Sonoma Old School is getting younger. Not that Rob Wilson, the high-energy proprietor of the skate and surf shop on Broadway, isn’t young at heart and then some. But the super-popular store owner and youth advocate has sold the business to Jamey Vazquez, age 26. His commute won’t change much — he’s part of the family that owns the El Coyote taco truck out front of Wilson’s business.
Wilson opened the store in 2006, taking over an old Comcast office and turning it into a mecca for action sports gear and clothes. From the start the idea was to create a place where teens would feel comfortable. “I wanted a place where it’s okay for kids to hang out,” Wilson said. “To meet, skate the ramp, have a taco — a safe place that’s theirs.”
“It’s not just a retail store” he adds.
At first Wilson took tips from his own children, who were then in middle school. He had been work-driven contractor, but after a serious accident, he realized that spending more time involved in his kids’ lives was a priority. “All three had their own time here. I really fulfilled a dream.”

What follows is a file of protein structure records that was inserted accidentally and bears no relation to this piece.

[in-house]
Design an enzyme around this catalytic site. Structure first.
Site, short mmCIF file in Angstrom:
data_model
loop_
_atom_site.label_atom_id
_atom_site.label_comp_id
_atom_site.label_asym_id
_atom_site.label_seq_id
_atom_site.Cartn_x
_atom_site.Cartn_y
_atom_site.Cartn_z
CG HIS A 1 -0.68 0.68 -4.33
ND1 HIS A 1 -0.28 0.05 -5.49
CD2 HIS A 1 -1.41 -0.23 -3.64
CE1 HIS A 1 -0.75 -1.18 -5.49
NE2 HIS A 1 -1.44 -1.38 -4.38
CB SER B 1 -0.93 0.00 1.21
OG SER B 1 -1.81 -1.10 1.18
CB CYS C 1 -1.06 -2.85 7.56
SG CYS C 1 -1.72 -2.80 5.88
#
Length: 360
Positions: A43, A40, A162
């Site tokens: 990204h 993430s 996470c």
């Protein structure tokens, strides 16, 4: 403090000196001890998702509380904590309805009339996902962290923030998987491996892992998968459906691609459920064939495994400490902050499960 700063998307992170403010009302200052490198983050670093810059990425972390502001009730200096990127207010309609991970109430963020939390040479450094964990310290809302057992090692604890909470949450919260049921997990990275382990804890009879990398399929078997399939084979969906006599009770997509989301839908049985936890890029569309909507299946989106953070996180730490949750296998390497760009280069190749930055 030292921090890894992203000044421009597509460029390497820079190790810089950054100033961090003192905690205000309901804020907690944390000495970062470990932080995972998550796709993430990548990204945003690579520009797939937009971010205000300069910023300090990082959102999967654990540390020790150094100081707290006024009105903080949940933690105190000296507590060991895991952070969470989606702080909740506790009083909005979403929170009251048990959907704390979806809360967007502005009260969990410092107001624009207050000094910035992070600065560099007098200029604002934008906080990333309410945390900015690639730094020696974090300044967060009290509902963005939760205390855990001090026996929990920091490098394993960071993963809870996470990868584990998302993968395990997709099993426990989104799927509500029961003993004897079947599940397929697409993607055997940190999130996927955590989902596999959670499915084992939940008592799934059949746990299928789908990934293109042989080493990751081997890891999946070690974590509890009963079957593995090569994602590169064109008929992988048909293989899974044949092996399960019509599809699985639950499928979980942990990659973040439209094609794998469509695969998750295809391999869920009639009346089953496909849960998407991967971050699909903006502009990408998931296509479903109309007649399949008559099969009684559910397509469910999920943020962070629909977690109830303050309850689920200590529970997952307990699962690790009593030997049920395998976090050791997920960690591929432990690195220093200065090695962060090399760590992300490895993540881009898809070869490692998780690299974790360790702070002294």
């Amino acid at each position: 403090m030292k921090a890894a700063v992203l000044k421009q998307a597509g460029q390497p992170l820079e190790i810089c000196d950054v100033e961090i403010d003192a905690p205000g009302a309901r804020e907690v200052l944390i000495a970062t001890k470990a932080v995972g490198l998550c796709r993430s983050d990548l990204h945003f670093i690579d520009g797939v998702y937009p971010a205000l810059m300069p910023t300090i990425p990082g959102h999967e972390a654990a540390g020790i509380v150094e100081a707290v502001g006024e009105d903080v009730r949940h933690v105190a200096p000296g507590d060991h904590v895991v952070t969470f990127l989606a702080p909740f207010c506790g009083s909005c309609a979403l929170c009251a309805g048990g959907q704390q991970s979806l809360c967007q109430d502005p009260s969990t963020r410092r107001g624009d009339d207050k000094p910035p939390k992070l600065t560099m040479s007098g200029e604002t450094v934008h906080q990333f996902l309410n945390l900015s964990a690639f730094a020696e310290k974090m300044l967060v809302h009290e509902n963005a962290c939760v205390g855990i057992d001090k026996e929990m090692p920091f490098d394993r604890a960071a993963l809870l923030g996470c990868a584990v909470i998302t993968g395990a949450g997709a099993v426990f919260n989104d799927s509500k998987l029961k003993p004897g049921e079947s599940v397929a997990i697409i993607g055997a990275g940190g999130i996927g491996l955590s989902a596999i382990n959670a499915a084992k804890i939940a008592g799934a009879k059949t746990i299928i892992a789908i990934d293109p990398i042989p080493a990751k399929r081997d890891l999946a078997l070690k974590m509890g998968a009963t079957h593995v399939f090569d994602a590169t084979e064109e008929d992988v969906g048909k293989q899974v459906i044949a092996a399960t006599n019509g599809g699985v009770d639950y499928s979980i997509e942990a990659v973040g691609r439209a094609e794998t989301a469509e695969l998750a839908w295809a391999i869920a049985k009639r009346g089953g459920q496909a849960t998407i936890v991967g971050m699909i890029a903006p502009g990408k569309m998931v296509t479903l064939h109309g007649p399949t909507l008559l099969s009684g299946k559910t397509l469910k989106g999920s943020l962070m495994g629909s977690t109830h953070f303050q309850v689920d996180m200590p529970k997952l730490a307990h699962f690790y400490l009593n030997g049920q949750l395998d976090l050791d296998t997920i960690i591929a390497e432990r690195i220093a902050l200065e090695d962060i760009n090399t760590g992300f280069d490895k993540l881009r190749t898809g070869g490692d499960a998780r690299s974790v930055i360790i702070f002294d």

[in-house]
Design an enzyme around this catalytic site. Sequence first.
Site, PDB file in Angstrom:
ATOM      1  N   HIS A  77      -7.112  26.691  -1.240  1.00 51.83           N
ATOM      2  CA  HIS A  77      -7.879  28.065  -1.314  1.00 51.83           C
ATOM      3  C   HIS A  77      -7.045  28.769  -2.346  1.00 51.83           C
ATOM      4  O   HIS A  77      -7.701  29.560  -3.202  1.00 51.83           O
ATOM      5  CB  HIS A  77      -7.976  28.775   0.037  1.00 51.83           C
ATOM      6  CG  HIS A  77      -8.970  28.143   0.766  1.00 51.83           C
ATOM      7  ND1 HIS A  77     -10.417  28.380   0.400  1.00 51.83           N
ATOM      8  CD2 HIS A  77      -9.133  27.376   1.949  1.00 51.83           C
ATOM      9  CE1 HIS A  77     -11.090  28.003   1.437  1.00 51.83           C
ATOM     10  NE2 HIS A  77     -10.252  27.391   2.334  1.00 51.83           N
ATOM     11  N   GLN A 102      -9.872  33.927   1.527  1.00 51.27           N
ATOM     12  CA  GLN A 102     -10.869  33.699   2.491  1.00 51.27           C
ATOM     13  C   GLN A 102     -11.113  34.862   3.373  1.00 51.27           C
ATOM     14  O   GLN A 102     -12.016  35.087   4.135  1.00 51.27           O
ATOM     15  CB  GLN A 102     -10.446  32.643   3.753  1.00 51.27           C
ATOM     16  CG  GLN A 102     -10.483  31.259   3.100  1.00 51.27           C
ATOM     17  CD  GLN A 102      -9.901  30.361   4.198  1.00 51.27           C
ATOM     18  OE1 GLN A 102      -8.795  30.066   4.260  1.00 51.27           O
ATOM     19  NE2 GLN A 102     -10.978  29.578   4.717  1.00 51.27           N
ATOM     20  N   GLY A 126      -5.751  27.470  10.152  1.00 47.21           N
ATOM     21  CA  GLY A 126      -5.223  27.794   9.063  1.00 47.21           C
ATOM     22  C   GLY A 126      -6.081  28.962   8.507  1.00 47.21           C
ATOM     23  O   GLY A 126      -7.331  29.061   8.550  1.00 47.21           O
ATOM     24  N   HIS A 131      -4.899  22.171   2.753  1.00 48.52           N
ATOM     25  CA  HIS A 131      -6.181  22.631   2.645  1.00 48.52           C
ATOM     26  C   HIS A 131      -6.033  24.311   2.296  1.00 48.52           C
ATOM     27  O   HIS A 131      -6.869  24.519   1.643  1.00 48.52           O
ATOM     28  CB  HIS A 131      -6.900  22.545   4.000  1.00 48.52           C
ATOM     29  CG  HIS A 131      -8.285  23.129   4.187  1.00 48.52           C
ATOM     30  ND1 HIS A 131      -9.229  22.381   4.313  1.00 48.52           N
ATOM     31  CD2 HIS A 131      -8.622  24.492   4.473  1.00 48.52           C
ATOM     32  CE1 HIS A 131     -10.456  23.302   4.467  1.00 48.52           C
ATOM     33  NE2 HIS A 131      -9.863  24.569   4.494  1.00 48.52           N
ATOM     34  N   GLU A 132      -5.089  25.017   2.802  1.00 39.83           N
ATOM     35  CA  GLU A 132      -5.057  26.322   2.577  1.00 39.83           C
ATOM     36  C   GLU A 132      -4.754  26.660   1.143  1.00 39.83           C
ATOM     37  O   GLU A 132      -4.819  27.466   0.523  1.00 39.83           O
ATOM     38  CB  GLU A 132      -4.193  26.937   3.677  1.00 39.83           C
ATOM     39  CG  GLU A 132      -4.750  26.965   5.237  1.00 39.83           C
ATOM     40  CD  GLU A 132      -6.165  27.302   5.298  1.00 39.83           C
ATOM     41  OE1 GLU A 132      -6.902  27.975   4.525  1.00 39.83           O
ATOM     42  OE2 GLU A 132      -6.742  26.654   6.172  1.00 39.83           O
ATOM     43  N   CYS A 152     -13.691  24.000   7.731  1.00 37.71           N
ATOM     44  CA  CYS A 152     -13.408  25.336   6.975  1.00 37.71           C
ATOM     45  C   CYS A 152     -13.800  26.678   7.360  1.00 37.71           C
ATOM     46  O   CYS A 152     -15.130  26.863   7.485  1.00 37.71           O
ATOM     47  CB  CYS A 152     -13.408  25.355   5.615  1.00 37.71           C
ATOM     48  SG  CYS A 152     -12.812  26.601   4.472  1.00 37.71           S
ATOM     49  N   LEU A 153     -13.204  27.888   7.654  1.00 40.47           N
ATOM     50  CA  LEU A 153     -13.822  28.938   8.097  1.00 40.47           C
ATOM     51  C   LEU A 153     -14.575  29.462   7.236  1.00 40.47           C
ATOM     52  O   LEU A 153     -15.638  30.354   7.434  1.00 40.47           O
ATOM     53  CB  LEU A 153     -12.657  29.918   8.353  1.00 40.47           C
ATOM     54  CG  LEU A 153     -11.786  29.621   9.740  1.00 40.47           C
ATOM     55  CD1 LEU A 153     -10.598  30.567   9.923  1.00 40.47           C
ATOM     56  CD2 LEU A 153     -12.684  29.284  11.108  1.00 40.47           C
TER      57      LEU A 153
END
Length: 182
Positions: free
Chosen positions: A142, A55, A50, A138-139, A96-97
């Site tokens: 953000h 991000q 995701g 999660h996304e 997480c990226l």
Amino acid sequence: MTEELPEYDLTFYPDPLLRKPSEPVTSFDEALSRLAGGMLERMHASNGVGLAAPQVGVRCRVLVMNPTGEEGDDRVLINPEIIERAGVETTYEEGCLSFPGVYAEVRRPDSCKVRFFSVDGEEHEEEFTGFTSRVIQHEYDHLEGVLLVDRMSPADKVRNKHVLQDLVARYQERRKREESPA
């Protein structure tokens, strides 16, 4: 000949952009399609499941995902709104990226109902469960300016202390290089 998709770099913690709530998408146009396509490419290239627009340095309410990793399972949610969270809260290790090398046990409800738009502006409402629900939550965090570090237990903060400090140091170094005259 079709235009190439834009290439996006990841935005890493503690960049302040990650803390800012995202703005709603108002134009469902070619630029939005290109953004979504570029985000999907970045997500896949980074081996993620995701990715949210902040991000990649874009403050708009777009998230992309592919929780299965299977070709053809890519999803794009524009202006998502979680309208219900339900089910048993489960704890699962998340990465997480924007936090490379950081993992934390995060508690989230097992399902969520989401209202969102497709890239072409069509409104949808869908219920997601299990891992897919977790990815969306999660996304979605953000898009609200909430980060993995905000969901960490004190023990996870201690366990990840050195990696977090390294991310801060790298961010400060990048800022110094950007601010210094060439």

Respecting and inspiring youth have been part of the program ever since. Wilson sponsors the skate facility at Maxwell Park, and has been a consistent supporter of youth-based activities and nonprofits. That will continue after he hands over the store keys at the end of the year.
One immediate project: Wilson will ramp up his involvement with a new pump track (ask your kid) at Maxwell Park. The county has approved the dirt bike circuit as part of the park’s expansion. Wilson spearheaded six years of planning, now comes the fundraising.
“I’ll still be involved in giving kids positive activity choices,” he says. Other than that, no concrete plans. “I’m not sure what it will be, but I’m looking forward to the next chapter.”
The store has been for sale for while, and there were a few serious offers Wilson says, but he wanted the right fit. Somebody to keep the store a teen-friendly skate shop, and add an infusion of youthful energy. And agree to let El Coyote keep its sub-lease. When that proved to be a hurdle (some buyers wanted to scrap mobile food, or run their own on the spot), Wilson approached the Vazquez family. Might they be interested?
Yes, with Jamey (the oldest son), taking the lead as the new owner/manager. Wilson will advise, but it’s the young man’s job now. “It’s very exciting,” he says. It’s challenge, but hey, “no risk, no reward.”
Jamey is thankful for Wilson’s offer. “He really worked with us to make it work. If it wasn’t for him, we wouldn’t be here.”
Wilson, OG to the end and likely wearing a Santa hat, worked through December 31st before handing over the keys. After that, the kid takes over. “And the legacy continues.”